‘‘Raising his voice [in the House of Commons] till the arches of Irish oak resounded, he spoke.” Thus does Macaulay begin his account of Edmund Burke’s celebrated speech in 1788, pressing for the impeachment of Warren Hastings. Burke had brought forth a mass of evidence of “high crimes and misdemeanors” by Hastings, Governor-General of India. With the aid of a brace of lawyers, Hastings had tried to stonewall the proceedings. An exasperated Burke responded: “These gentlemen of the law, driving us from law to law, would, in the end, leave us with no law at all.” Hastings pleaded that he had done nothing that others before him had not done. Burke retorted that Hastings’ judges should “not derive their principles from the wicked, corrupt, and abominable practices of any man whatever.” He said that “statesmen who abuse their positions … are tried … not upon the niceties of a narrow jurisprudence, but upon the enlarged and solid principles of morality.” His stirring peroration was an appeal to God’s higher law and spoke of the national honor (“I impeach him in the name of the English nation whose honor he has sullied”), and of a public trust “betrayed.” Burke’s conception of impeachment has long been held in England and America as definitive.
In the American Constitution’s Article II, Section 4, the framers provided that all officers of the United States “shall be removed from Office on Impeachment for and conviction of, Treason, Bribery, or other High Crimes and Misdemeanors.” At a time of widespread constitutional illiteracy, deliberate constitutional contrivance, and the related question of the impeachment of William Jefferson Clinton, our focus needs riveting on the real meaning of that clause. Under it, is the president impeachable? What significance does it bear for our society if Clinton is not impeached and convicted?
The framers’ aim was to protect society against what English law called “great offences” (not only crimes like treason and bribery, but abuse of power, misapplication of public funds, gross dishonor of office, and corruption). The power of impeachment was deemed essential by the framers to the protection of the liberty of a democratic society. Inherent, too, in the eyes of the framers, was their view that the nation must have virtuous leaders for its very safety; impeachment was a powerful weapon to help assure that. And the framers deemed virtuous character essential to no office of leadership more than to the presidency. The historic model is George Washington, no saint before becoming president, but determined, once in office, to honor the office by maintaining spotlessness of character.
The effect of conviction of a president following impeachment is severe. Hamilton, in The Federalist Papers, describes it as “a perpetual ostracism from the esteem and confidence and honors and emoluments of his country.” But, contrary to off-the-mark comment rife today, the impeachment clause does not speak of “punishment.” Conviction results simply in removal from office (with disqualification, under Article I, Section 4, to ever again hold any federal office of trust or profit). Some, at this hour, insist that the evidence in the proceedings must establish “proof beyond a reasonable doubt.” That, too, is wide of the mark. The impeachment process may involve a criminal, but it is not a criminal proceeding. The pragmatic framers mandated impeachment simply when a majority in the House believe grounds exist—and conviction, when, after a trial of the issues, two-thirds of the Senate agree—a solid safeguard for an incumbent against arbitrary action. And the principled pragmatism of the framers shows itself in yet another aspect of the Impeachment Clause: its breadth. The nation has available a clause for its protection, very broad in terms, “not limited to the niceties of a narrow jurisprudence.”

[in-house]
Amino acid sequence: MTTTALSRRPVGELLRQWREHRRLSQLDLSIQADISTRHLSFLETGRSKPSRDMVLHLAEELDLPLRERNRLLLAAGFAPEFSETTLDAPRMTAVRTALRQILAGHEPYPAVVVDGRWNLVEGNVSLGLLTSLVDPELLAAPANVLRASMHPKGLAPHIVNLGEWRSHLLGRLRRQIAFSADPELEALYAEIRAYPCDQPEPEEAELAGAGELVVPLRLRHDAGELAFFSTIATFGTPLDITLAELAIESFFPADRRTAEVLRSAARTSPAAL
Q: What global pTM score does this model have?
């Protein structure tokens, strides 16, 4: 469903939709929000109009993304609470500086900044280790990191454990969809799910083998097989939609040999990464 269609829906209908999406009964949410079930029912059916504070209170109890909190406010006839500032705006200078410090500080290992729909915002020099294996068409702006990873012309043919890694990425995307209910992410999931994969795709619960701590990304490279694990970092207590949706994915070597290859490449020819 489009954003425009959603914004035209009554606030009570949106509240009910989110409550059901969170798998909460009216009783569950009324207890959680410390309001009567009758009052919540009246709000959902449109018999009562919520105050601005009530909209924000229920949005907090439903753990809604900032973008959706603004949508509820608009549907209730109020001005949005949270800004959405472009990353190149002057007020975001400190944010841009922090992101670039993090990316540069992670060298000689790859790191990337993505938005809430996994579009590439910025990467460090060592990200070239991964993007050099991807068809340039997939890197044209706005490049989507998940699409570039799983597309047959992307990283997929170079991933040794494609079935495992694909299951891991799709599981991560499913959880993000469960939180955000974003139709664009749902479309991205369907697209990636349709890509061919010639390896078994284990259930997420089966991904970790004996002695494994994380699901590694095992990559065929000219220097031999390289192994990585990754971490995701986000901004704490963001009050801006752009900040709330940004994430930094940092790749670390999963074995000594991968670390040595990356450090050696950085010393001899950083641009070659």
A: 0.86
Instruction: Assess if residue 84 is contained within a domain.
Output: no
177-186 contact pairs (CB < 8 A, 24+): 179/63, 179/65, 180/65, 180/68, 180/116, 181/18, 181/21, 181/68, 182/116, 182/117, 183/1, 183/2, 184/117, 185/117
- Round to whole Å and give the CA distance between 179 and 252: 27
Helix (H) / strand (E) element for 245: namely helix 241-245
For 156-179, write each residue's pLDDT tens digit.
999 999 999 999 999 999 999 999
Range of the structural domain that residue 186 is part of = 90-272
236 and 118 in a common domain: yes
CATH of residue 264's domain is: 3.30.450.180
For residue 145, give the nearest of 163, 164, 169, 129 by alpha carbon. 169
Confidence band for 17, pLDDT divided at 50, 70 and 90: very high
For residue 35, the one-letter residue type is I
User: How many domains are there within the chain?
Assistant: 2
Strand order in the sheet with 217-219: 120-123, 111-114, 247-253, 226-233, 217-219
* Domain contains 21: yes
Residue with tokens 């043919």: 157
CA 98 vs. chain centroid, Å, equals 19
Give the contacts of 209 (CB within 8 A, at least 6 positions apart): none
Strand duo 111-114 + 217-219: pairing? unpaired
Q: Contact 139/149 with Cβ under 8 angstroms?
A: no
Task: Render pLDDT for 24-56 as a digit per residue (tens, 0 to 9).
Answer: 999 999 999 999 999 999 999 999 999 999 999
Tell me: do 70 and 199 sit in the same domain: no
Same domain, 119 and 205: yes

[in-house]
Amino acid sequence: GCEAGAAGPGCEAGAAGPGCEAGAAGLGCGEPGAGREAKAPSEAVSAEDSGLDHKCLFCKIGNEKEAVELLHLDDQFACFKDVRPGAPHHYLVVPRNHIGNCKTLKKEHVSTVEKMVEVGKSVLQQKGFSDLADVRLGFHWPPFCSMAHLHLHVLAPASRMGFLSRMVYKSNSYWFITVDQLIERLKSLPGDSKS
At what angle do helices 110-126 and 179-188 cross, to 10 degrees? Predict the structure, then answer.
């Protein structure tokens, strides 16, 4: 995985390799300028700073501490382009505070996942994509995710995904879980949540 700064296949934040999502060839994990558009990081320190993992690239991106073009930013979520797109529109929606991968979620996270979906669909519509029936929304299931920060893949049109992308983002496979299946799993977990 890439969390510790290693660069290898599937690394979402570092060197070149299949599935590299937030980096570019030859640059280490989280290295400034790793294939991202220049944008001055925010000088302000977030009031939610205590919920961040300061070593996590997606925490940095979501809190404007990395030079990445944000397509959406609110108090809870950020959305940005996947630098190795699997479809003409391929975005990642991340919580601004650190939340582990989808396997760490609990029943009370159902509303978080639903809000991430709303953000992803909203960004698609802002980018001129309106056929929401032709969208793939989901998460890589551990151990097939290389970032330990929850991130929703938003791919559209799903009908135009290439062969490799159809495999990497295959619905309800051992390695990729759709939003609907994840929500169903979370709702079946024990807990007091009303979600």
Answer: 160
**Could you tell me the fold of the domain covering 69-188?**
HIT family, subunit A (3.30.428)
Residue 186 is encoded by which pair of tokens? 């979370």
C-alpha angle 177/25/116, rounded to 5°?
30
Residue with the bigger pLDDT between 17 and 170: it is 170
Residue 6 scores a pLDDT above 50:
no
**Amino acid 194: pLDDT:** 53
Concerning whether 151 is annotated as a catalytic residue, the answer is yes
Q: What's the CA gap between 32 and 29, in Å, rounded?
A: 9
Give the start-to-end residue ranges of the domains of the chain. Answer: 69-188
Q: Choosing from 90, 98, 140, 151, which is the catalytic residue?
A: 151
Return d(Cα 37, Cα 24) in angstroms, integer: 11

The House of Representatives, on October 6 of last year, voted 258 to 176 to pursue an impeachment inquiry in response to the Starr Report, thus setting in motion the train of events that has culminated in an historic constitutional crisis. The report did not charge the president with treason or bribery but detailed eleven charges of other impeachable offenses. These changes Starr amplified on November 19 in his lengthy appearance before the House Judiciary Committee. While Starr has all along been the subject of vehement attacks, his Report and the subsequent actions of the House have unleashed a tidal wave of comment on impeachment, seemingly designed to satisfy the public’s right to be misinformed.
Some of this comment has been political in a way plain for all to see but, as such, highly persuasive to multitudes. This is the “our President as victim—Starr as McCarthy” imagery. The bias it packs has had, from October on, the potential to collapse the pursuit of Starr’s charges—a collapse by which we will have taken a further step in our disregard for the Constitution. But a purely political resolution of the impeachment crisis has not been the sole reliance of those who decry the impeachment effort. They have resorted to publicizing interpretations of the Constitution that, if suffered to be acknowledged in our polity, will be precedent that will certainly be more destructive of the constitutional rule of law than a simple down vote on an impeachment resolution. Consider the most publicized of these interpretations: